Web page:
A few days back, Oakley completed a solo summit of Yosemite's most iconic route in 21 hours and 50 minutes. That shaved more than 2.5 hours off the previous record, which was set by Chantel Astorga back in 2014. Astorga went up the nose in 24 hours, 39 minutes, which means Oakley is also the first woman to break the 24-hour mark as well.

The Nose has a long and storied history in climbing. It is considered one of the most famous routes in all of rock climbing, requiring equal parts skill, strength, and stamina to complete. Rated a 5.9 C2, the classic ascent is a 3000-foot monster that tests the dedication and determination of any climber. Oakley did it solo for the first time last year, completing her climb in a little under 27 hours.

For reference sake, the current speed record on The Nose for a two-person team is held by Hans Florine and Alex Honnold. That talented duo managed so complete the route in 2 hours, 23 minutes, and 46 seconds. The solo record for men is held by Tommy Caldwell, who topped out in just under 12 hours.

Congratulations to Miranda for an impressive display of skill and strength. Well done!

Actor Jared Leto Joins Alex Honnold on El Cap in Yosemite

Academy Award winning actor Jared Leto seems to have added yet another skill to his resume that already includes musician, songwriter, director and author. It seems the celeb is also an accomplished rock climber, as was evidenced last weekend when he went climbing in Yosemite with Alex Honnold.

On Friday Leto and Honnold scaled the East Buttress of Middle Cathedral, which is ranked amongst the 50 classic climbs of North America. Then on Saturday, the two men climbed three shorter, easier routes on the 600-foot Manure Pile Buttress, before moving onto the East Buttress of El Capitan on Sunday.

Later, Leto posted a photo of The Nose on El Cap – perhaps the most iconic climb in the world – hinting that he might like to try that at some point. Later, he shared the photo below on his Instagram account of he and Honnold. They're joined by Jimmy Chin, who dropped by for a photo bomb apparently.

A photo posted by JARED LETO (@jaredleto) on

Iconic Sites in Yosemite to be Renamed

Anyone familiar with Yosemite National Park probably also knows all about this Ahwahnee hotel, Yosemite Lodge, and Curry Village. These places are iconic in the valley, and have been serving visitors to the park for decades. But now, a dispute between the National Park Service and one of its concessionaires is causing these famous places to change their names, which in some cases have been in place for more than a century.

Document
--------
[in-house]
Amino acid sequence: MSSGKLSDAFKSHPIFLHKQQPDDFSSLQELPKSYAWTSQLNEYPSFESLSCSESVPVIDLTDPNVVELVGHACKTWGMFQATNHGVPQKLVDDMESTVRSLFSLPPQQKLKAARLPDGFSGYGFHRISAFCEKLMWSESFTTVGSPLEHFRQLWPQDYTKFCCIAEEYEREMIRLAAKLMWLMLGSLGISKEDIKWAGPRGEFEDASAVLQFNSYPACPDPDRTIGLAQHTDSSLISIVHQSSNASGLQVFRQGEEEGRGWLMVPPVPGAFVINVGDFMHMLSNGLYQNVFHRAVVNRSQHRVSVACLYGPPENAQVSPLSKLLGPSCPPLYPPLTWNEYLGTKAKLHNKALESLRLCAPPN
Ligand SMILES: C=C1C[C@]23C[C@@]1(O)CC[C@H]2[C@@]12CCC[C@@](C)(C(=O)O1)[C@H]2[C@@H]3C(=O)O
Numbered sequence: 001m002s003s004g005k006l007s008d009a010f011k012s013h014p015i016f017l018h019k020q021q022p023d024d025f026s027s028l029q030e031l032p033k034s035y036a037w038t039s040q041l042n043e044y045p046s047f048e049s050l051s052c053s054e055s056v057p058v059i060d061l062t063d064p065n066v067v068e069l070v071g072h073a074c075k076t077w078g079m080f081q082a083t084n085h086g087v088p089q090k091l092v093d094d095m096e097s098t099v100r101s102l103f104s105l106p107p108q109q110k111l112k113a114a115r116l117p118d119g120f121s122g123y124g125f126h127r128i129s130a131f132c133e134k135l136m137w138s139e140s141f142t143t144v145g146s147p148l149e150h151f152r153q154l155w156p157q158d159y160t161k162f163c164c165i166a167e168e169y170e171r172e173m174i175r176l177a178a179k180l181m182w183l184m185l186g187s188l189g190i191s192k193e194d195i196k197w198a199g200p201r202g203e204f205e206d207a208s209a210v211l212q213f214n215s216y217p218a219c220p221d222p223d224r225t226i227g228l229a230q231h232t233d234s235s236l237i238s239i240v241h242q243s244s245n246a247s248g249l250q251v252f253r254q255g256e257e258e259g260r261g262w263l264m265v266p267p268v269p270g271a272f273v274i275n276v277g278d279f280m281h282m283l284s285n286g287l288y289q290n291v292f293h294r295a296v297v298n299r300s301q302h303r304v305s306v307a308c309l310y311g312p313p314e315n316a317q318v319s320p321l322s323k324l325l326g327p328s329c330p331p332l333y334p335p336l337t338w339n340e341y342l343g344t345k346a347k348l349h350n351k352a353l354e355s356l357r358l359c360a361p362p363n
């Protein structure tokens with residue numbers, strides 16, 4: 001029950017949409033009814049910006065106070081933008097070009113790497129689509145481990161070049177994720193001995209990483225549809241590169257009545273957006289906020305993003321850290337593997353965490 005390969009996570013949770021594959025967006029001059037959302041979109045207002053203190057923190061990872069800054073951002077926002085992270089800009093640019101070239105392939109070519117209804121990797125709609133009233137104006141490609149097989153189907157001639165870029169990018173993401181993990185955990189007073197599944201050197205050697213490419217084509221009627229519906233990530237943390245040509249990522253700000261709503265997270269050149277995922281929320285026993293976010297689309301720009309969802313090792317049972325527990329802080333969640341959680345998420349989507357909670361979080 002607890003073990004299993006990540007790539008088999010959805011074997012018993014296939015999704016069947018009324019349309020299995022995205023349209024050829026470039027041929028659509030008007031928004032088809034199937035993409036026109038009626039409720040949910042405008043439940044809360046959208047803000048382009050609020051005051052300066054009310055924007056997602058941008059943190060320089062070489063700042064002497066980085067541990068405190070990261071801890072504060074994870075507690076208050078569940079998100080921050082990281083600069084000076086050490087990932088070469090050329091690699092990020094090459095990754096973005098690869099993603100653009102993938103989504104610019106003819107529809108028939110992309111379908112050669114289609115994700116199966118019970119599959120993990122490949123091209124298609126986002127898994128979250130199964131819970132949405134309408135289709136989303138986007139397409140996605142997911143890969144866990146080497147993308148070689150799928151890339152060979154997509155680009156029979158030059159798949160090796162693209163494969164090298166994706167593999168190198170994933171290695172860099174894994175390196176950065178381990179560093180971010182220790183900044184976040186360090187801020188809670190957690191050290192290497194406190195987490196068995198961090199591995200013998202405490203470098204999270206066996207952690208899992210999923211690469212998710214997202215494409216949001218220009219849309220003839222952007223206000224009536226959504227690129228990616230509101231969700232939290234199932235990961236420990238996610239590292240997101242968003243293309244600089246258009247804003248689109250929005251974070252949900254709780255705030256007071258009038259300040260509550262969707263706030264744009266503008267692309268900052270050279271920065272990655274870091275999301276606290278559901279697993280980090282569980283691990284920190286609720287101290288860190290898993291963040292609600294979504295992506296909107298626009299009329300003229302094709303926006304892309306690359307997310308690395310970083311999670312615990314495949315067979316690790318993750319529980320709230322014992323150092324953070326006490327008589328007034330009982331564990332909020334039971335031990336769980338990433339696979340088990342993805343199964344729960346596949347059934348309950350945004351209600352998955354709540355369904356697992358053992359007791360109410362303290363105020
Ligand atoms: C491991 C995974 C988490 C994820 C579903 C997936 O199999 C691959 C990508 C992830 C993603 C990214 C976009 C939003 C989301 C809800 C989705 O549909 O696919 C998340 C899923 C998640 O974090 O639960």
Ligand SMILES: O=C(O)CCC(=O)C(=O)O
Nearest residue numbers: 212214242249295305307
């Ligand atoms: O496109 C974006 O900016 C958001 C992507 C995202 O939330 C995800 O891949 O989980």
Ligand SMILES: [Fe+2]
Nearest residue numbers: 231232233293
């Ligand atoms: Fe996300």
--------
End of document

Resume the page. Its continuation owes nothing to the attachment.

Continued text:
The dispute began last year when Delaware North – an independent contractor that had been hanging the park's facilities – lost the bid to continue operating within Yosemite. That bid was said to be somewhere in the neighborhood of $2 billion. The company says that when it initially won the contract back in 1993, it was forced to purchase the rights to the intellectual properties within the park from the previous concessionaire. Representatives of Delaware North say that those intellectual properties include the names of the hotels, lodges, and restaurants that it managed. Now that they are no longer managing them, the names are going away too. That is unless the Park Service or new concessionaire – Aramark – pays them $50 billion.

With such a steep price tag coming along with the names of the iconic Yosemite locations, the parties involved have decided to rename the facilities instead. So, starting on March 1, the historic Ahwahnee hotel will become the Majestic Yosemite Hotel, while Yosemite Lodge at the Falls will be renamed Yosemite Valley Lodge and Wawona Hotel will change to Big Trees Lodge. Curry Village will become Half Dome Village, while the Badger Pass Ski Area will be renamed Yosemite Ski & Snowboard Area.

While this is troubling to a lot of Yosemite fans, it is only half of the problem. Delaware North says that it also holds the copyright to the name "Yosemite National Park" too, and isn't about to give it up. That means that come March 1, all Yosemite merchandise in gift shops and other stores will either disappear, or royalties will continue to flow to DN instead. That particular trademark is in dispute however, and you can bet that the NPS is going to take every measure possible to reclaim it.

At this point the entire situation smacks of sour grapes on the part of Delaware North. They didn't win the contract to retain Yosemite as a managed property, so they're going to make it as difficult as possible for the NPS and Aramark to operate. It seems the Park Service is finding ways to continue on simply be renaming the landmarks, but for those of us who know Yosemite's colorful history, it will be sad to see these places become something else. Worse yet, the thought that a private company holds the copyright on the name for the park is troubling to say the least. Lets hope this situation gets resolved fairly.

Video: Tommy Caldwell Talks Climbing, Adversity, and Overcoming Challenges

Think you know Tommy Caldwell because you followed his ascent of the Dawn Wall earlier this year? If that's all you know about this man, than you don't really know him at all. But his TED Talk gives us more insights into what drives him, both as a climber and as a person. Today, he is known as one of the greatest rock climbers in the world, but to get to this point he had to overcome a great deal of adversity – including being taken hostage in Kyrgyzstan, losing a finger in an accident, and training hard for the toughest climb on Earth. This video discusses all of that and more. It is an inspiring and enlightening 17-minute talk that everyone should watch. I hope you do too.

Explore Yosemite National Park with Google Street View

Google continues to expand its Street View program, taking us back into Yosemite National Park to capture even more of that beautiful place. The Street View team returned to Yosemite recently to collect more images, this time stitching together a 360º view of some of the parks famous landmarks and trails.

Amongst the highlights of the new Street View collection are views from the El Capitan Meadow and the base of that iconic mountain. You'll also be able to get a full view of the Cook's Meadow Loop, the Upper Yosemite Falls Trail, Four Mile Trail, and Bridelveil Trail, amongst others. There are even some sections of the spectacular John Muir Trail as well.